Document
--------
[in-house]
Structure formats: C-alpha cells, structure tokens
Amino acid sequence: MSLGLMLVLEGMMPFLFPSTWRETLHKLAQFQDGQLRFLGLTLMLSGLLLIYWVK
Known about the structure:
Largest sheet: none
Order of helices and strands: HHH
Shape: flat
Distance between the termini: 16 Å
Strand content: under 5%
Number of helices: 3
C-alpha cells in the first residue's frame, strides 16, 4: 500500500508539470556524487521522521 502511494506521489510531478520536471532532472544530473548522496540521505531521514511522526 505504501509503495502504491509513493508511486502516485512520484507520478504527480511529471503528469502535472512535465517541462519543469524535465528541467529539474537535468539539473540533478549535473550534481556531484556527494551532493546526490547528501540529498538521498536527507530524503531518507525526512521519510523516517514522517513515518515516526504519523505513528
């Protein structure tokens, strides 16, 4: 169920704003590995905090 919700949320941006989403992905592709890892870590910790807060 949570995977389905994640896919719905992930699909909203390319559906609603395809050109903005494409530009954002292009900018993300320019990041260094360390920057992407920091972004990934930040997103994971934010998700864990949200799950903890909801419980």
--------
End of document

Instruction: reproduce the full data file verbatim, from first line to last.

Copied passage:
[in-house]
Structure formats: C-alpha cells, structure tokens
Amino acid sequence: MSLGLMLVLEGMMPFLFPSTWRETLHKLAQFQDGQLRFLGLTLMLSGLLLIYWVK
Known about the structure:
Largest sheet: none
Order of helices and strands: HHH
Shape: flat
Distance between the termini: 16 Å
Strand content: under 5%
Number of helices: 3
C-alpha cells in the first residue's frame, strides 16, 4: 500500500508539470556524487521522521 502511494506521489510531478520536471532532472544530473548522496540521505531521514511522526 505504501509503495502504491509513493508511486502516485512520484507520478504527480511529471503528469502535472512535465517541462519543469524535465528541467529539474537535468539539473540533478549535473550534481556531484556527494551532493546526490547528501540529498538521498536527507530524503531518507525526512521519510523516517514522517513515518515516526504519523505513528
């Protein structure tokens, strides 16, 4: 169920704003590995905090 919700949320941006989403992905592709890892870590910790807060 949570995977389905994640896919719905992930699909909203390319559906609603395809050109903005494409530009954002292009900018993300320019990041260094360390920057992407920091972004990934930040997103994971934010998700864990949200799950903890909801419980």